Interestingly and coincidentally, there’s a story in the Financial express about the lessons that can be learnt from Indian cricket:
The most notable of these is the criticality of planning: not just for the next few games but for the next several years. In turn, this planning requires the ability to see trends, visualise how these trends evolve over time and consequently impact the venture, if not now, then in the foreseeable future.


Jeremy Toeman

@ Greg

Great points all around. The one area I don’t completely agree with is the blanket concept that big companies/orgs can’t possibly move fast. Sure I agree that guerrillas tend to be quite nimble, but oftentimes their agile maneuvers do nothing in the long-term but point the big guys in the right direction… The Facebooks/MySpaces/YouTubes are much MUCH more rare than the 30boxes/flocks/etc…

Make sense?


@ Jeremy

Because the guerillas know where to look and who to correspond with to get the latest breaking innovations they can incorporate into their arsenal. I wasn’t just thinking about code (and certainly not AJAX) either…guerillas are able to produce better content quicker that incorporates all facets of media while bigger content companies are still deciding on what powerpoint template to use for their storyboard.

One example of a guerilla is Farouk Olu Aregbe, the guy who got 200,000 people to sign-up for an Obama Facebook page in two weeks (while I’m sure some established political strategist was deciding what font to use for a document that would describe how to tap into the youth vote).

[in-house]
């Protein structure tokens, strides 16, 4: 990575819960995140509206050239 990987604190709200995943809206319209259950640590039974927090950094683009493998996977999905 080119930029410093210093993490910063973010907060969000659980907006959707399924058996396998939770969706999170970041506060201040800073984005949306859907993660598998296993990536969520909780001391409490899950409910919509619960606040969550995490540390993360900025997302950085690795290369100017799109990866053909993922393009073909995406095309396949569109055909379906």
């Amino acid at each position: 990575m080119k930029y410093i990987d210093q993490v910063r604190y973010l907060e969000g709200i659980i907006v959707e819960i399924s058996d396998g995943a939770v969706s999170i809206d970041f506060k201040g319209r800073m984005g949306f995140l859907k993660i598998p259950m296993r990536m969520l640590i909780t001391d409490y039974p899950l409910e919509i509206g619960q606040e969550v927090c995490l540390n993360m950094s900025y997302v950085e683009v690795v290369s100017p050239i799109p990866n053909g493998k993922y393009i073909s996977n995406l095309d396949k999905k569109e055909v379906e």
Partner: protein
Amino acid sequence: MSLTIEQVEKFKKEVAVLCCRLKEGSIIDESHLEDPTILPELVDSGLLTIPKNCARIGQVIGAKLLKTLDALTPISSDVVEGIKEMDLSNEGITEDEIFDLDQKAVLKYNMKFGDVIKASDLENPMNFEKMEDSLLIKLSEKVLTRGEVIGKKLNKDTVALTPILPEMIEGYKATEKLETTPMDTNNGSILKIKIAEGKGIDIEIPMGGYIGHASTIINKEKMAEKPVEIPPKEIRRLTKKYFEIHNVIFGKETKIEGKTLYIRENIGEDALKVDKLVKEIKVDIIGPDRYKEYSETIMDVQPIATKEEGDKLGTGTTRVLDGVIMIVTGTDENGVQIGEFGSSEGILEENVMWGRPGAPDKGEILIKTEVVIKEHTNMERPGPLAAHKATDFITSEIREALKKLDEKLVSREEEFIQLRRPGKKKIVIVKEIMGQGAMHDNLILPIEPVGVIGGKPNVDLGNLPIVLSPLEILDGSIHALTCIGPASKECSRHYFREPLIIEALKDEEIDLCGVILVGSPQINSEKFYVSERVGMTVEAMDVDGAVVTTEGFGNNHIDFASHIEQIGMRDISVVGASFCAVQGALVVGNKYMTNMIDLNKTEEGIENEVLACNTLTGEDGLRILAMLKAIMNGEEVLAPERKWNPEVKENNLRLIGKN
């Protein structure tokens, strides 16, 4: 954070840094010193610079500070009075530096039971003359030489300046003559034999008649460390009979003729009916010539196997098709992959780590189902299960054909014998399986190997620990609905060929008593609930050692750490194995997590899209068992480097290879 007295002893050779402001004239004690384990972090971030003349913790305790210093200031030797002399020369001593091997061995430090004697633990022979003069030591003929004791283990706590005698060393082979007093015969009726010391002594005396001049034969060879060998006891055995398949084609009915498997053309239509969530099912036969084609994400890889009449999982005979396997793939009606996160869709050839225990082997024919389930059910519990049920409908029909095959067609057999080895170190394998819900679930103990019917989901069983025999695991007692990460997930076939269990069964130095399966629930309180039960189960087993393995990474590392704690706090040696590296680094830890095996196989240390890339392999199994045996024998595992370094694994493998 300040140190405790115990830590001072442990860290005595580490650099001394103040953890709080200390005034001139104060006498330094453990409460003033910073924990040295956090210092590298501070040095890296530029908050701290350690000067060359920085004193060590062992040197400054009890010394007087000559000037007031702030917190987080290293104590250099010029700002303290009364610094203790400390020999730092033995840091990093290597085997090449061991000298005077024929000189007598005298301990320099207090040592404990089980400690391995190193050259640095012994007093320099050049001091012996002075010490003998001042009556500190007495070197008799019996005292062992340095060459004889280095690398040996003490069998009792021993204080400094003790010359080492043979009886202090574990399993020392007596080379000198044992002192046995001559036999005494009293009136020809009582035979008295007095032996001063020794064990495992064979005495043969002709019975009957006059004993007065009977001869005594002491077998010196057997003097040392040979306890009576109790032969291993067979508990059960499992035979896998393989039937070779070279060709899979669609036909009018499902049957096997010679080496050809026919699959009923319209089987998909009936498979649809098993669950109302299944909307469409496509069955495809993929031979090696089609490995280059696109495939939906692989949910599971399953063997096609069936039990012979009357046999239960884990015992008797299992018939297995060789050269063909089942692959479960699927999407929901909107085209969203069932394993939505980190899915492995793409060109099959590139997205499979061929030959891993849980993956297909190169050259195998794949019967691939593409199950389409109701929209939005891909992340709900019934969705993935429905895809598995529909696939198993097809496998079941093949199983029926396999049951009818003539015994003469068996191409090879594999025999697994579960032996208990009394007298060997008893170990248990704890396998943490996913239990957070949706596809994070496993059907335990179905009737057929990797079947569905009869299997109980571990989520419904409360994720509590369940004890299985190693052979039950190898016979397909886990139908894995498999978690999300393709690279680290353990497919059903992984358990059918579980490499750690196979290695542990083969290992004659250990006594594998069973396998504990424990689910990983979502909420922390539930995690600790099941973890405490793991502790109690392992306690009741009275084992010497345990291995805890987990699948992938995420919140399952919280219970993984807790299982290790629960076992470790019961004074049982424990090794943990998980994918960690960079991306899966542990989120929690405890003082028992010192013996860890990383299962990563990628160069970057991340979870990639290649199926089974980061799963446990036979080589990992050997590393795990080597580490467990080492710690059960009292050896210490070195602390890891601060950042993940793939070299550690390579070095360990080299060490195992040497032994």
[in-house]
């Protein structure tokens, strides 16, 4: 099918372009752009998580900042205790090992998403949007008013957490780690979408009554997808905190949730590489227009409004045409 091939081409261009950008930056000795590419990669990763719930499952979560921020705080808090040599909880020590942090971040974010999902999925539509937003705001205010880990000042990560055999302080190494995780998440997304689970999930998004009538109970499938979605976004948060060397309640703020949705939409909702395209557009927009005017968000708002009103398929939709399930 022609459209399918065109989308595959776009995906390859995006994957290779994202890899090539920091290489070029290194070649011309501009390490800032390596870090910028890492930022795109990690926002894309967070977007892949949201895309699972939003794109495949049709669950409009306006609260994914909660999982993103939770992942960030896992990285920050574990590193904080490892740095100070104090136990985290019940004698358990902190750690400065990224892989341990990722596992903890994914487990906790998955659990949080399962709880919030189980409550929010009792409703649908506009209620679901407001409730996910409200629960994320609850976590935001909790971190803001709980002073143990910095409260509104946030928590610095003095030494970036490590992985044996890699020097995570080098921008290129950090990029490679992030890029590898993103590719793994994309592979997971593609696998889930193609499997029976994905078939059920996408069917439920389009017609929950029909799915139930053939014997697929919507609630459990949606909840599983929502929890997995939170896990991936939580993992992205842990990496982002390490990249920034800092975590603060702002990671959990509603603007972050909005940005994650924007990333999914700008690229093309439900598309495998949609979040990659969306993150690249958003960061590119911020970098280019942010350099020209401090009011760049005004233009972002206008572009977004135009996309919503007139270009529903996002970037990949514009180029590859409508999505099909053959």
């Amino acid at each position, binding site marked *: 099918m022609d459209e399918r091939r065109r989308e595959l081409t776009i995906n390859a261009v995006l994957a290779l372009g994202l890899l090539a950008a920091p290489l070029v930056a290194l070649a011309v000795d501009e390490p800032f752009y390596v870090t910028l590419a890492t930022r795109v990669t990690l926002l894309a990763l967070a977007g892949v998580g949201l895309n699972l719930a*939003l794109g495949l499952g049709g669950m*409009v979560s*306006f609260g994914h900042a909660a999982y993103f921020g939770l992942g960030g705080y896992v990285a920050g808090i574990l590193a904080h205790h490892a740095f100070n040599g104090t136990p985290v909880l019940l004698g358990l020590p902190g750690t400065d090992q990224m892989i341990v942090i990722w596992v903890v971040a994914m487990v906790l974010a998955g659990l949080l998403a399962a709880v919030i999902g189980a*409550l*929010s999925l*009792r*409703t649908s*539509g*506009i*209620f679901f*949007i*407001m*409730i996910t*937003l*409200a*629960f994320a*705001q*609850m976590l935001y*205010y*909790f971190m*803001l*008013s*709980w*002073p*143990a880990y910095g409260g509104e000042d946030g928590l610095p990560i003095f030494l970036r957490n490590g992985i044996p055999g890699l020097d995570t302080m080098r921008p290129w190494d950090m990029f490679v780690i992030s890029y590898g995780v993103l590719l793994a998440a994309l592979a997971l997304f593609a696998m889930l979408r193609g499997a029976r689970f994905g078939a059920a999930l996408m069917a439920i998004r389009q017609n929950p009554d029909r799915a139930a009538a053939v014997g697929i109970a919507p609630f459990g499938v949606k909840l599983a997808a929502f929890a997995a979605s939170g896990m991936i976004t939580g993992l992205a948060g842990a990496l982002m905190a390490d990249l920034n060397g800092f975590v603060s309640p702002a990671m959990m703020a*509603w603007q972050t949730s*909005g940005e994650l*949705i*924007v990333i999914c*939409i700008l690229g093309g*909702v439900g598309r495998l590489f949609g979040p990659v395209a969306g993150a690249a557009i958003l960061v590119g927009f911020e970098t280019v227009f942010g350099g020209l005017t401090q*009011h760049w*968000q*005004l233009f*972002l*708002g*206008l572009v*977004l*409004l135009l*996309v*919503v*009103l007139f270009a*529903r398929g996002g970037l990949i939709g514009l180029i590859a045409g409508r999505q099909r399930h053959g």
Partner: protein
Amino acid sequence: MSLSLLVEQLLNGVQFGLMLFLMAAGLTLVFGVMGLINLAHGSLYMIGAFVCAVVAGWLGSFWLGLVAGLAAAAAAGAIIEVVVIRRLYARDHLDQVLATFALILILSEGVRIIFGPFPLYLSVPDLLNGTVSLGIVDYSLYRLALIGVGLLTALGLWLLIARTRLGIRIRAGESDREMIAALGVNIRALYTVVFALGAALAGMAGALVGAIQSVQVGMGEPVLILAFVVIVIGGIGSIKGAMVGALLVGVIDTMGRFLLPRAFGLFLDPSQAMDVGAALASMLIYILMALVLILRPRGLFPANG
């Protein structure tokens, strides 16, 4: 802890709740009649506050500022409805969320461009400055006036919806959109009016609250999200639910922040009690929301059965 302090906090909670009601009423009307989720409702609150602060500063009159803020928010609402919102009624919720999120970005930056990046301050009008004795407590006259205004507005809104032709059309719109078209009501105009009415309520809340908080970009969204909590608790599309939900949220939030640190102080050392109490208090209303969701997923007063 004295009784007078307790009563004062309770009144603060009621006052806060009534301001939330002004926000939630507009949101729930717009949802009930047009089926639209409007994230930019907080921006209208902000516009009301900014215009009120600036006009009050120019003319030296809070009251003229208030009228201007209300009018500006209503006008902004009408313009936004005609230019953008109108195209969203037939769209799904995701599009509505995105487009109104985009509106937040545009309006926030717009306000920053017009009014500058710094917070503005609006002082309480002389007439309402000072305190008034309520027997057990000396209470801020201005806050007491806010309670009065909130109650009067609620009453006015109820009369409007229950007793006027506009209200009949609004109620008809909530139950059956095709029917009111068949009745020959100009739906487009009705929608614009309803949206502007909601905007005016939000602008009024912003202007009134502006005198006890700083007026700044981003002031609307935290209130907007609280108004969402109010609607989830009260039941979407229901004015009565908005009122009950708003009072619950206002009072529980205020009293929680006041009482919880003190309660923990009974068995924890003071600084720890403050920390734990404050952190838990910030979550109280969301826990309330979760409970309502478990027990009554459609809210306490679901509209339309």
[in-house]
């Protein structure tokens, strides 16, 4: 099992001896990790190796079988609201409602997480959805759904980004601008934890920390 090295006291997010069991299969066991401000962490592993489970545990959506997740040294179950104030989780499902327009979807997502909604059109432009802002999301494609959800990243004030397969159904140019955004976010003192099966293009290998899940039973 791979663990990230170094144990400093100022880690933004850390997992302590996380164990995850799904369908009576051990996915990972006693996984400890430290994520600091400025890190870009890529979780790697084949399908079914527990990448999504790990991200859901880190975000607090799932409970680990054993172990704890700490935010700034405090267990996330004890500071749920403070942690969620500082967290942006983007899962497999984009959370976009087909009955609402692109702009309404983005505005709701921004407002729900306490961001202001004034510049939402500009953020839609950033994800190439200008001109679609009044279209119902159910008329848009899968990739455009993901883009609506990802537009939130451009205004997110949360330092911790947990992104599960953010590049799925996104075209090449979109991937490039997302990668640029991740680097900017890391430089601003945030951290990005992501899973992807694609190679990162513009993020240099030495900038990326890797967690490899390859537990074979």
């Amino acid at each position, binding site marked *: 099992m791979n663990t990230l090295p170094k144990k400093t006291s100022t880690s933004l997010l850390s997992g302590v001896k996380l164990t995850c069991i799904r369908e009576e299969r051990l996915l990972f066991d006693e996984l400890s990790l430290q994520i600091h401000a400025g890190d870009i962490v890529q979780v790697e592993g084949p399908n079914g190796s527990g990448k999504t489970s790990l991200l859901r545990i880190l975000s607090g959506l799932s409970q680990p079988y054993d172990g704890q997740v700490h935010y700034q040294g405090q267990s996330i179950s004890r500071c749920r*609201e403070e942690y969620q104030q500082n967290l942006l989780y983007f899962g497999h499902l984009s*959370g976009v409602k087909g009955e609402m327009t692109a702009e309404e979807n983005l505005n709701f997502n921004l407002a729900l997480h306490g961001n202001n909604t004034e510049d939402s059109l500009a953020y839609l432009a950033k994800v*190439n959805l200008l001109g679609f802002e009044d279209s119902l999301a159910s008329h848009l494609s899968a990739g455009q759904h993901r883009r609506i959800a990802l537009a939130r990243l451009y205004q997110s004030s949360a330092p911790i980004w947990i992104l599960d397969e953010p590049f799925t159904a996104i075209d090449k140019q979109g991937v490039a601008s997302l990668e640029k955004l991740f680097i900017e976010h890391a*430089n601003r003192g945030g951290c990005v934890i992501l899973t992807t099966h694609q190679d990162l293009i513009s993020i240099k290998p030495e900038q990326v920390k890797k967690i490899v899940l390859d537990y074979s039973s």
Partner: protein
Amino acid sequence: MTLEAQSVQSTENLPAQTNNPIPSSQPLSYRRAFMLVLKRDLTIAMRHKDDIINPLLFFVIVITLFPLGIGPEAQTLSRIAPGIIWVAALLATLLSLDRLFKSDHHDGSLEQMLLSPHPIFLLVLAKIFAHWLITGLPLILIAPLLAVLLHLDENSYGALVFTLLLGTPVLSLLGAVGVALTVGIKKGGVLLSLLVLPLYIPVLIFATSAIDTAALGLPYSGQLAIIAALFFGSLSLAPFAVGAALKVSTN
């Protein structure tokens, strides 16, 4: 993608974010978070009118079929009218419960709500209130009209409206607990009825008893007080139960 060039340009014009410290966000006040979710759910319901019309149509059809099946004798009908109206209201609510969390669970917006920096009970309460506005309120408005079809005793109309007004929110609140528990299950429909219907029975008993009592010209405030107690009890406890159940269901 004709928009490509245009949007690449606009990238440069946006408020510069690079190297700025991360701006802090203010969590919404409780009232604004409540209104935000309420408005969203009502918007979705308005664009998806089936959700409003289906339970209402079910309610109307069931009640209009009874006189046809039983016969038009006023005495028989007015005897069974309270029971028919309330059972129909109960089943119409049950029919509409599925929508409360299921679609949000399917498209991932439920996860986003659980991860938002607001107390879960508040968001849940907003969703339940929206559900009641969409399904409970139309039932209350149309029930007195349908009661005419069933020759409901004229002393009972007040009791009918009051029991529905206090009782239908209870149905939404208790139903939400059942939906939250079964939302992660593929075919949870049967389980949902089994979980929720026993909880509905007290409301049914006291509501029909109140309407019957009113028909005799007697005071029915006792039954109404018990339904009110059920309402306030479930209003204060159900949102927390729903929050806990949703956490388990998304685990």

It’s just my two cents, but I think a lot of people want to find a way to get rid of the name 2.0 so they can come up with their own conference. Open Source is not going away. Grass roots wildfires are not going away. Broadband adoption is not going away. Am I missing something?

Steve Morsa

…those who insist on attaching their hopes and dreams to the bodies of charging giants’ APIs…may be destined to live the life of a lamprey…able to take in just enough nourishment to keep from starving…unless the giant decides to cut off their food supply entirely…

Jeremy Toeman

Om – good points all around. In my eyes this is (finally) the “reality check” that “2.0 entrepreneurs” need to see in order to go back to the drawing rooms and go off to build business that are truly innovative and differentiated.

@Greg: why exactly will the “2.0 guerrillas” be able to run rings around established companies?? Because they know AJAX, or because they have more sound business practices?

Jeremy Pepper

It’s just reality. I read some stories about company valuations, that are based on the premise of other sites… which does not make sense.

It does remind me of some of the stories from the dotcom era (hey, I was here at least), and the innocence (and lack of memory) that seems to be part of Web 2.0.


Excellent post!

web x.0 is alive. Several new startups will challenge web giants.


Danial Jameel

It should be interesting indeed once Major players take back control of their respective API’s.

Another thing yet to be witnessed is Youtube’s profit sharing model with its users. A likely scenario of this could lead to a price on using Youtube’s huge repository of videos. Hence all the websites which are dependant or using on youtube videos on their sites will have to pay a small fee for access. Here’s a good way for Google to make money and share with youtubers…

Danial Jameel


I like your tagline better. Stripped of the belief that the heavyweights want a love-in, the guerillas that drive Web 2.0 will run rings around the heavyweights better than they have done before. Hardly an end…maybe a more REAL beginning.